All of them were on the UK's "no fly" list. The paper quoted Kevin Foster, a junior immigration minister, as saying: "We've had more hits on our 'no fly' list, that is people who are a direct threat to this country if they were able to come here, in the last week in the context of Afghanistan ... than we would normally expect in a year of normal flights and travel [from the country]".

The Americans have installed their defence department's Automated Biometric Identification System (ABIS). It essentially recognises people of interest from a gigantic database of suspected terrorists and insurgents and mercenaries from the world over, using biometrics, facial recognition and even physical clues and surveillance videos.

An initial screening in Qatar rang alarm bells about an evacuating Afghan. He may have ties with the Islamic State of Afghanistan. He has been detained for a full-fledged verification of his antecedents.

The officials are tight-lipped about the rest of the suspicious cases, though it is learnt that an exhaustive investigation has been launched to check them out. There are no details at which base they are detained.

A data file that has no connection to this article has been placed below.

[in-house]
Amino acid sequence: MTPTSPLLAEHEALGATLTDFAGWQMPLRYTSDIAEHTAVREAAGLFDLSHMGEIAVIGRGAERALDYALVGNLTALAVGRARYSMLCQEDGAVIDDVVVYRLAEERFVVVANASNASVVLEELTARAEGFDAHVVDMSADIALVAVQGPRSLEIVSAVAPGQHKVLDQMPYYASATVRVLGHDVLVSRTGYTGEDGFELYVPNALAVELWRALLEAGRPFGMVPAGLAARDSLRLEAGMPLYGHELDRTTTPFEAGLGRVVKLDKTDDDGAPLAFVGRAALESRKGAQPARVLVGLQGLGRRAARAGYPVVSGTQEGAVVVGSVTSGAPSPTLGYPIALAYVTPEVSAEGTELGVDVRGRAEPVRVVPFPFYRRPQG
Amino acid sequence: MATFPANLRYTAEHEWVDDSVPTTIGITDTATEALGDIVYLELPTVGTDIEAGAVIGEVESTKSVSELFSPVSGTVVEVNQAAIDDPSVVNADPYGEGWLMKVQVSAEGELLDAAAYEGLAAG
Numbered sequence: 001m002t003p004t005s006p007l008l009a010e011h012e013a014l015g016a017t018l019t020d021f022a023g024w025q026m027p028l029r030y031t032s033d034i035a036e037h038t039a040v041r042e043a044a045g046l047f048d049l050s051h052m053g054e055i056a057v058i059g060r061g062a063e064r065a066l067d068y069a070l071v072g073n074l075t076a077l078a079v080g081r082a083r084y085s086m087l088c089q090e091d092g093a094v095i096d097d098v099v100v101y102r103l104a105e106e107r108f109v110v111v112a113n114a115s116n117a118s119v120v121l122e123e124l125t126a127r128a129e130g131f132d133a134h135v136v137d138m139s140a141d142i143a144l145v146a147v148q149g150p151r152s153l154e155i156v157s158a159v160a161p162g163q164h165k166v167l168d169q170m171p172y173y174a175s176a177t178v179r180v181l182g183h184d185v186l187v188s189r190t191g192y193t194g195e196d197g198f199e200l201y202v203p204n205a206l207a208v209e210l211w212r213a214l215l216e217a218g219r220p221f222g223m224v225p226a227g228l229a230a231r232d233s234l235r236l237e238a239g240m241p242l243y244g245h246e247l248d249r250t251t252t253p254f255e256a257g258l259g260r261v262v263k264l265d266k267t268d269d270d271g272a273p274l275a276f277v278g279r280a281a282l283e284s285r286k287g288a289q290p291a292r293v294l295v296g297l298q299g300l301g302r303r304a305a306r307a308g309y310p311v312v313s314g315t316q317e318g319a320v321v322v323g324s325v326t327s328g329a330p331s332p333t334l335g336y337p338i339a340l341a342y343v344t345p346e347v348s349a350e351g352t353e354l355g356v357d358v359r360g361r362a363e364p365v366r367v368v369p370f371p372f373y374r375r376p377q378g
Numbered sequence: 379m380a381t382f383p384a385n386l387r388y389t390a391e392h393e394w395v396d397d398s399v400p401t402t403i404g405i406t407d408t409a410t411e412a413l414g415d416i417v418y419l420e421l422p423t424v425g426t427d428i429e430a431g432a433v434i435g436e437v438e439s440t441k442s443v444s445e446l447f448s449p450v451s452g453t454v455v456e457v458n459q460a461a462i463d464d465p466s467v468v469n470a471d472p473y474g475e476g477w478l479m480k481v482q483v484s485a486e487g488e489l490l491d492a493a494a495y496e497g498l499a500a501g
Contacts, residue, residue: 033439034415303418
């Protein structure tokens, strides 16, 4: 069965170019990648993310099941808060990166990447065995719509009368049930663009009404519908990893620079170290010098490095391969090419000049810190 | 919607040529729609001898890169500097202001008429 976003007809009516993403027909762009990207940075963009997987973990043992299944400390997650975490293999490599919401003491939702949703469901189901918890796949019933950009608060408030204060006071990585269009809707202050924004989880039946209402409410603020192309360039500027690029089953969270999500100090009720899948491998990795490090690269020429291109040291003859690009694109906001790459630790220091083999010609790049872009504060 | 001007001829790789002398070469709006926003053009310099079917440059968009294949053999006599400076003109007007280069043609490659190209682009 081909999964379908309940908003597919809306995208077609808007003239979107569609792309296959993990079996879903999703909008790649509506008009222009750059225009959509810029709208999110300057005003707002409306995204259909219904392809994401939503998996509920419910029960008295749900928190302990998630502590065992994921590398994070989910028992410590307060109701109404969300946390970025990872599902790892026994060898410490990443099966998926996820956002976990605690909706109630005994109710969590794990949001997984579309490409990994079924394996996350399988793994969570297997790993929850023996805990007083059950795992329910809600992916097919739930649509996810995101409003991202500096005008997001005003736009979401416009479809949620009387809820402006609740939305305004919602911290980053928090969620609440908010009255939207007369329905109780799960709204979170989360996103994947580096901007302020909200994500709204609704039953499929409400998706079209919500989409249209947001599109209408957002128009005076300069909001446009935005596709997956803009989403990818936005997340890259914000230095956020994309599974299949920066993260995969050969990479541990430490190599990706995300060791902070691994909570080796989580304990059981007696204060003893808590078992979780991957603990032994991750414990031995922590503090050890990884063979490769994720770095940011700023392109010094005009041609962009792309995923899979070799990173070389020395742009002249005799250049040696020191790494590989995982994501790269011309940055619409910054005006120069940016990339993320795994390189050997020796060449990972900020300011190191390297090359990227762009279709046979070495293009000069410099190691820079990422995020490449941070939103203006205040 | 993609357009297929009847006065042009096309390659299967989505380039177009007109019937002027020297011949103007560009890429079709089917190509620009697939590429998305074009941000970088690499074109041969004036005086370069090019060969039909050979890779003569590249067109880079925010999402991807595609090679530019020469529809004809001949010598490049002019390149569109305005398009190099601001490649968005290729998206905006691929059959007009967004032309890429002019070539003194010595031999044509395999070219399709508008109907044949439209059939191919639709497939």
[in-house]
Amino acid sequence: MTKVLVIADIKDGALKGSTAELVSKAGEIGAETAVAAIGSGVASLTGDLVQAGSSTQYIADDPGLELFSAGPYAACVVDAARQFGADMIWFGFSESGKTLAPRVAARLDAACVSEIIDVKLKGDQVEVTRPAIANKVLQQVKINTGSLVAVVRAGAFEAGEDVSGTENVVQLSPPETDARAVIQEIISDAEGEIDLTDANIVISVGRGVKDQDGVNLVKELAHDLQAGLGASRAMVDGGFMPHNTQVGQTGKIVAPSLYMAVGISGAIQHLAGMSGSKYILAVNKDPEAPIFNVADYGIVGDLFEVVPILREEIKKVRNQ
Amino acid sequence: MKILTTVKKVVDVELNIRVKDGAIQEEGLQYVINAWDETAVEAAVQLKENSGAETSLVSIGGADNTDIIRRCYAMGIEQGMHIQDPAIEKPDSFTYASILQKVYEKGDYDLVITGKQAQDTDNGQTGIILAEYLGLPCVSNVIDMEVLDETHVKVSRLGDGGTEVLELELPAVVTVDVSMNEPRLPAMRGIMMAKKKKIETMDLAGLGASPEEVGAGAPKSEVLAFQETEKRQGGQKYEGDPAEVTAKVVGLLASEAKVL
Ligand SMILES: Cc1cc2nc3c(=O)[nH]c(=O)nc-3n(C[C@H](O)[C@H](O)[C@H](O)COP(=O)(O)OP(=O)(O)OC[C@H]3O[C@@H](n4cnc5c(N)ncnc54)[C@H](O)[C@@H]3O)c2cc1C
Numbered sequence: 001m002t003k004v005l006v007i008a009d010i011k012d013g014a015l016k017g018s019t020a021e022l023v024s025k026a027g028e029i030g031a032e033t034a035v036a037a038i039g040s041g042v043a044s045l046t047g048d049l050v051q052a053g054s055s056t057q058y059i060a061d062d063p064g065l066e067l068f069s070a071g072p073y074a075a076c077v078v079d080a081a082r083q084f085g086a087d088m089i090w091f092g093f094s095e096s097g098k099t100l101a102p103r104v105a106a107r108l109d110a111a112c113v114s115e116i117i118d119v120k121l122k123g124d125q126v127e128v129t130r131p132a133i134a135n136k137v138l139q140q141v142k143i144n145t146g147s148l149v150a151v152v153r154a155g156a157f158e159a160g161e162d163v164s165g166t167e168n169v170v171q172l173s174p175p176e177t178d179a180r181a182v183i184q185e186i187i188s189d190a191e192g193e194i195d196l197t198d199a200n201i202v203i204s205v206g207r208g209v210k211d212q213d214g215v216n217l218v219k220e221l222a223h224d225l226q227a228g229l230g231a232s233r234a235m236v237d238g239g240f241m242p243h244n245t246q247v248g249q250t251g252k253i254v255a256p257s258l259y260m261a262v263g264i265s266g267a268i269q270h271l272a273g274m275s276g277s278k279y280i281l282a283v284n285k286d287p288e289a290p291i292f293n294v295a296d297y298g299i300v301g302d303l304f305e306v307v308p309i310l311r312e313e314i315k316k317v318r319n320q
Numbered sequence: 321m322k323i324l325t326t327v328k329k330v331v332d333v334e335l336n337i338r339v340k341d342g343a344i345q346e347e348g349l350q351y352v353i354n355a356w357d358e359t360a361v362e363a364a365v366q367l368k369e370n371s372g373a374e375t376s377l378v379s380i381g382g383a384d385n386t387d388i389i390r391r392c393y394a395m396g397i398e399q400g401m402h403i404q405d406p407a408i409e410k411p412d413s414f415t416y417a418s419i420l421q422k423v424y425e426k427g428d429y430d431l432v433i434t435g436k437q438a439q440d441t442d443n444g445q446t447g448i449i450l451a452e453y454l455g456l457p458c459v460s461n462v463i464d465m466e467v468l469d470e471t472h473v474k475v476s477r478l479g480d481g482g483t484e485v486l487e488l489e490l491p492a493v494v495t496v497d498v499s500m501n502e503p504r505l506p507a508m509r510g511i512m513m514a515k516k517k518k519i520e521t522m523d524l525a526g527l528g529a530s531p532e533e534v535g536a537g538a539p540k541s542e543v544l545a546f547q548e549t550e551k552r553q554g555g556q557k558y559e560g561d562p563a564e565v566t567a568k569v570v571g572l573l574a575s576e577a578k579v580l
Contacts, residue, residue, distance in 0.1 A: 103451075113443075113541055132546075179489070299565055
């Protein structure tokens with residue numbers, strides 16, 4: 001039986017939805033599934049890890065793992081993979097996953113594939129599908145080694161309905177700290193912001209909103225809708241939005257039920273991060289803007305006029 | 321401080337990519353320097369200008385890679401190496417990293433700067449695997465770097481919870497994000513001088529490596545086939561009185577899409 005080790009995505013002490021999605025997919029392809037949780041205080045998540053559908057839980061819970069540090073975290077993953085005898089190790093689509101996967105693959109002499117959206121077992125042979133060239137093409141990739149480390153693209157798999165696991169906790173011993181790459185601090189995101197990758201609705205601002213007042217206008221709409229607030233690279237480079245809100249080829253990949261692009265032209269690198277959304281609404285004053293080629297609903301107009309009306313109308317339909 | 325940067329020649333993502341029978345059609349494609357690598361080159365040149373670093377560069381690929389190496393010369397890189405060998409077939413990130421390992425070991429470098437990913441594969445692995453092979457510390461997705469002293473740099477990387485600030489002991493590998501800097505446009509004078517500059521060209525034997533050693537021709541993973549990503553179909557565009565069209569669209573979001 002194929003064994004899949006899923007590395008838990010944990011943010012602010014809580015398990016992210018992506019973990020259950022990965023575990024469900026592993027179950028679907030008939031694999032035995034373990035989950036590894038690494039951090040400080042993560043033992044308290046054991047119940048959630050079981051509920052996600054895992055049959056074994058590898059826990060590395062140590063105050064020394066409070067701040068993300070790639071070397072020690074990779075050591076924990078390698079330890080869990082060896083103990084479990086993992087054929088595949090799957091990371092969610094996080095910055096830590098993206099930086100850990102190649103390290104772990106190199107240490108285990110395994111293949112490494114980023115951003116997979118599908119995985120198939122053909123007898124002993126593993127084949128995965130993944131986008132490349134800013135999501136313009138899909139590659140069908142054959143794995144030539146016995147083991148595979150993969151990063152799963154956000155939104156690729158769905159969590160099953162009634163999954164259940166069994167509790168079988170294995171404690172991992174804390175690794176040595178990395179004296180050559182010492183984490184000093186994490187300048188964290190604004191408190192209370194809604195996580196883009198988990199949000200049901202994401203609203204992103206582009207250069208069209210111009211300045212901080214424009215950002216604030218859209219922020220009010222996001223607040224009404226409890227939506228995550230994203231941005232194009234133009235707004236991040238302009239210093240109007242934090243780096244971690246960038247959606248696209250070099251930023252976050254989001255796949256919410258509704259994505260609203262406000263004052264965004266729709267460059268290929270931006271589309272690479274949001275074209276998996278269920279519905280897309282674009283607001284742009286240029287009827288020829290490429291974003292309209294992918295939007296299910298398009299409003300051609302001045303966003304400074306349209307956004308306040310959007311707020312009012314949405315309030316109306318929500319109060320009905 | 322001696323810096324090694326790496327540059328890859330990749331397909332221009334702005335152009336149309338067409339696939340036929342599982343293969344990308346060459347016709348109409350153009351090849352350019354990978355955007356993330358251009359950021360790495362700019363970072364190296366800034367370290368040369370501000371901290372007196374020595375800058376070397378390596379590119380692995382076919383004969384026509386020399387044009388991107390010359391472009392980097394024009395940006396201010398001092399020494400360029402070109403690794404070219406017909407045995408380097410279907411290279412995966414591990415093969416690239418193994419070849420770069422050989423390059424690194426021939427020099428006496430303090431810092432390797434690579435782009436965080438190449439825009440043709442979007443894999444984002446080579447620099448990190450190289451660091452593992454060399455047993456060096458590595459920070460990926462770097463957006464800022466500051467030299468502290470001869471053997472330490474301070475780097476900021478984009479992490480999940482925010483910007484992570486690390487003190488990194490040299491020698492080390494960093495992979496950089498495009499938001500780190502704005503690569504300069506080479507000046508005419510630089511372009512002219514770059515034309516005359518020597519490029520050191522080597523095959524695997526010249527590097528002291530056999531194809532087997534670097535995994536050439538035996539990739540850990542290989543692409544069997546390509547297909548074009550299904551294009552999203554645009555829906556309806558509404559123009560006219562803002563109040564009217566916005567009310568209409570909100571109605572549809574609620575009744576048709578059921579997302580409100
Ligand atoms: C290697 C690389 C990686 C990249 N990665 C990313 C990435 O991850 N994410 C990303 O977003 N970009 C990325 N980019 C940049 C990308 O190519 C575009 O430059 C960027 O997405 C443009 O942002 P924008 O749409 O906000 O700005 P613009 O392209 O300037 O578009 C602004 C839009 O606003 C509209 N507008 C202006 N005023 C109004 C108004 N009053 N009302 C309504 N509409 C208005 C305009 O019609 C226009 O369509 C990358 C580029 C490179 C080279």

The worst-case scenario the American internal security agencies are preparing for is the presence of sleeper cells among the evacuees. The possibility cannot be ruled out that the terror groups may have encouraged some civilians without any criminal background and who have remained under the security radar throughout their adult lives to leave the country like other Afghans fearing for their lives.

The other possibility is terrorists and mercenary fighters escaping from jails overrun by the Taliban forces in the last weeks of fighting. The terror groups would have had enough time to plan and select their fighters to flee the country as refugees.

After the final screen checks are done, thousands of Afghans will enter the US in a few days or weeks. They will be housed at military bases in Texas, Wisconsin and Virginia, which house the toughest data bases and recognition equipment.